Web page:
In those days, the computer rarely ran for an entire week without breaking down. Mostly, it would break down within such a long time period at least once. Consequently, the software had challenges besides the algorithmic one, such as the reloading of the program in case of a system breakdown. At the time, this was not at all a matter of course.

Well, so far so good. At least, PALOG-A allowed a reliable validation about whether or not a maxi flat board module was free of errors. But quite frequently, we had poor product quality. What to do with that? The very fact that the construction elements were so expensive was a discouragement against destroying or dismantling them. Not much would have been won by this, anyway. Consequently, it was desired that all of them can be repaired.

If you wish to repair an error in a complicated flat board module, you will first have to find out where exactly on the board it is. In our case, you cannot simply solve the problem by logical thinking or code reading as in a program. Neither did we have a debugger. After all, the question is which individual part of the module is faulty, which soldering does not work, or similar problems …

This is where our system PALOG-B came in. Whenever a PALOG-A maxi flat board module was discovered to be faulty, it was transferred to the PALOG-B system. As soon as it arrived there, it was subjected a (so-called) PFAD procedure, i.e., it was processed with totally different test patterns. The returned data made it possible to circle the error on the board. This is how we managed to correct all possible mistakes by multiple circling. Afterwards, the board was again tested with PALOG-A – and if it worked, we celebrated.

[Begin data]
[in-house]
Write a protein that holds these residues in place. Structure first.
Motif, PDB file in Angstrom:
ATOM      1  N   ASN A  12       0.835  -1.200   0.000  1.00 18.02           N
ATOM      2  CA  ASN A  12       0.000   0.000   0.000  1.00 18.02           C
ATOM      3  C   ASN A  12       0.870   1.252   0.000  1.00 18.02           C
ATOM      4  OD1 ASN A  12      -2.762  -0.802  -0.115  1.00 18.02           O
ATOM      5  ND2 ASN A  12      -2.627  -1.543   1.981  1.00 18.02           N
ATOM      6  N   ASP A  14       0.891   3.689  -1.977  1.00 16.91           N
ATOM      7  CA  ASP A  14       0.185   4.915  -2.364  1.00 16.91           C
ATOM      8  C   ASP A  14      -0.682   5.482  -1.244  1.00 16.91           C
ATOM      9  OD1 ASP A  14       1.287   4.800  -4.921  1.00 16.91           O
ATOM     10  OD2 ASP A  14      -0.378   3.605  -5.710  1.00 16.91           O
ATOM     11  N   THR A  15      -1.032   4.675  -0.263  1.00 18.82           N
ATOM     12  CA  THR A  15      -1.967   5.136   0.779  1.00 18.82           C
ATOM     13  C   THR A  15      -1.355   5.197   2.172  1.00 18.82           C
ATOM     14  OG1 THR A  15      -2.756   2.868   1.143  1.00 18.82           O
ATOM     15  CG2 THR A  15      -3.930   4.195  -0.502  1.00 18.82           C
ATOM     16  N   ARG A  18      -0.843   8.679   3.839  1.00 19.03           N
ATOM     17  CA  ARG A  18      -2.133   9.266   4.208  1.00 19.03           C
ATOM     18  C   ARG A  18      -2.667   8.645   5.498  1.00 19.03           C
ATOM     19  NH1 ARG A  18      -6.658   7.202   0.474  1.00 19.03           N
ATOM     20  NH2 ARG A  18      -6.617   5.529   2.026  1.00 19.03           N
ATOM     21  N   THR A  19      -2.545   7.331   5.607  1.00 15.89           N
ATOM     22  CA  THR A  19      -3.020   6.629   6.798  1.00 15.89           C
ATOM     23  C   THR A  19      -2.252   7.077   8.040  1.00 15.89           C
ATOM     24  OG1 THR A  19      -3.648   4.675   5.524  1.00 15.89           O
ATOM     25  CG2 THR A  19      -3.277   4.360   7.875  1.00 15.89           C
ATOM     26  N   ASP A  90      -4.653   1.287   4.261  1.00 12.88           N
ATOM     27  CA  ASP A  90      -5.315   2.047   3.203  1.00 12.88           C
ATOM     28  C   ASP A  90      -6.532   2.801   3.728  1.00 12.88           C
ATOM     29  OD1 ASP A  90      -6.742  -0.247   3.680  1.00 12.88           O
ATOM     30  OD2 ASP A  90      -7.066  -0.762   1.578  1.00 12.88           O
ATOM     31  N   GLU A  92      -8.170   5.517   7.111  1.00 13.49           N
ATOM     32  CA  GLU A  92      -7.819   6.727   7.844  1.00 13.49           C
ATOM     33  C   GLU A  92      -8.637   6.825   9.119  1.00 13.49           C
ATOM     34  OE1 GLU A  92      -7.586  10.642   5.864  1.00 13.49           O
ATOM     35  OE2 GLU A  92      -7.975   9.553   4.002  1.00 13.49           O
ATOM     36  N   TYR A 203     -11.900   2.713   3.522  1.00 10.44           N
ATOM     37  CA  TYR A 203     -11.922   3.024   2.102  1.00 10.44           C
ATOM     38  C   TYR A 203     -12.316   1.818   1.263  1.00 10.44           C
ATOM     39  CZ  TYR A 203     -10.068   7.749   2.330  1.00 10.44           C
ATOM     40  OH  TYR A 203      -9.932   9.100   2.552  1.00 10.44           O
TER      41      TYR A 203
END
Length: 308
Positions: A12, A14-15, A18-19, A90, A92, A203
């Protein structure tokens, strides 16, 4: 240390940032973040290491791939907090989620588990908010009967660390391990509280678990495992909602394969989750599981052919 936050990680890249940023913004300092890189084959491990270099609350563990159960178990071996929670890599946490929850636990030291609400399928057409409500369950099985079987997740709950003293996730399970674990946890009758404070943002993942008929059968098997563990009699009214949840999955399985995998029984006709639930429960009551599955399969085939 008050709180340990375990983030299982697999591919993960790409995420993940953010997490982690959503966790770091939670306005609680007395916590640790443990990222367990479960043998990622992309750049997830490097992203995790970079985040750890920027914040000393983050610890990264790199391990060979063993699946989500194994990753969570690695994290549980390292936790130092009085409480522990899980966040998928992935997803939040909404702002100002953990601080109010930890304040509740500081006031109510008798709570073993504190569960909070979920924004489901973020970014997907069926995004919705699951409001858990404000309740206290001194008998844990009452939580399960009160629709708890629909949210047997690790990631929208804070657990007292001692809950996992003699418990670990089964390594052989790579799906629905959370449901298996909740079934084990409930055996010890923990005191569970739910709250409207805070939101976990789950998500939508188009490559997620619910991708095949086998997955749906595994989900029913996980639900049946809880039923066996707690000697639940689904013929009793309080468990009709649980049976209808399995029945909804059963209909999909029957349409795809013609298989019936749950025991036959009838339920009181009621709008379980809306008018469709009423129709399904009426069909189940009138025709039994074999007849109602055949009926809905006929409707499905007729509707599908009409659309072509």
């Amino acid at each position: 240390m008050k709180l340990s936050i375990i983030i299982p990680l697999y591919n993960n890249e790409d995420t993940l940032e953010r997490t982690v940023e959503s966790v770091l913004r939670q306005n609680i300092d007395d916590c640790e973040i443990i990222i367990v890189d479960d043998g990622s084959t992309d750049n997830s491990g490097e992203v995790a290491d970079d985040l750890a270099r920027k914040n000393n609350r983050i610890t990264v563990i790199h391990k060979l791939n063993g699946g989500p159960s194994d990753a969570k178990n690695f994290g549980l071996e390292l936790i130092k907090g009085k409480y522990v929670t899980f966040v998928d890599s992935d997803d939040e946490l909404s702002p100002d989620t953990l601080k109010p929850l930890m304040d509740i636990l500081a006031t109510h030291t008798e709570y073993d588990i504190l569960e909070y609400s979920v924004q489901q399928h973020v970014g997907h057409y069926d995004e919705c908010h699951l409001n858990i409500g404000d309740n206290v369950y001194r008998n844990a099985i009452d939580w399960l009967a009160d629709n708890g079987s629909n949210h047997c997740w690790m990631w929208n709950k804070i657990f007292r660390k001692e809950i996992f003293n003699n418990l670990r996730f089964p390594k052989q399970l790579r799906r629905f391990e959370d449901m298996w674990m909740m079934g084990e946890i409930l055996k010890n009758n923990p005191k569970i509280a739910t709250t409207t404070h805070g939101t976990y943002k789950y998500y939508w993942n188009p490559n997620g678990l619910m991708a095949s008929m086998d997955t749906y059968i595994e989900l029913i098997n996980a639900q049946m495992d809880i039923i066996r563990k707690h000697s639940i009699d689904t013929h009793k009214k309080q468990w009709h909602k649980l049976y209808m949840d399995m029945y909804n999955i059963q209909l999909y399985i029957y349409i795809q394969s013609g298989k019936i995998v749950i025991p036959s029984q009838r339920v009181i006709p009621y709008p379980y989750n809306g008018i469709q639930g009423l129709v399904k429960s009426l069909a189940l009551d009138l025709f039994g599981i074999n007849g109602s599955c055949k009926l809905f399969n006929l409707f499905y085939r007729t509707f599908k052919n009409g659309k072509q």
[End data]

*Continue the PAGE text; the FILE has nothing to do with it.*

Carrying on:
I am sure you can easily imagine why the procedure was called PFAD. It is German for PATH and all the different input patterns had to run through the various paths. And as soon as you determined which of the many possible paths does not function, you are a lot closer to finding the bug.

I tried to describe the procedure as simple and comprehensible as possible. In reality, it was a lot more complicated and based on know-how that had been developed and handed down over many years.

Our software was only a small part of the design and construction software necessary for the efficient development and production of IT systems. At Siemens AG, they continued to work in huge steps. A few years later, the Siemens AG had an extensive work bench consisting of many software systems for the development of their chips. It was probably far superior to all the competition.

Unfortunately, I forgot the abbreviation, but I do remember that the application allegedly was the world’s most complicated software solution and contained the most lines of code of all the known programming systems.

And then the downward spiral for the data processing area started and all the know-how disappeared.

But then who cares about the “delights of yesterday”?
Let gone-byes be gone-byes!

I can easily imagine that the know-how and toll chain you need to develop and produce an Intel processor or an IBM Power today are by far more of a challenge than the rather limited flat board modules.

And it is quite possible that, today, not only a high tech processor, but also a “simple” electric motor or power generator simply cannot be produced without a similarly complex machinery. And what happens if – for whatever reasons – such a machinery breaks down?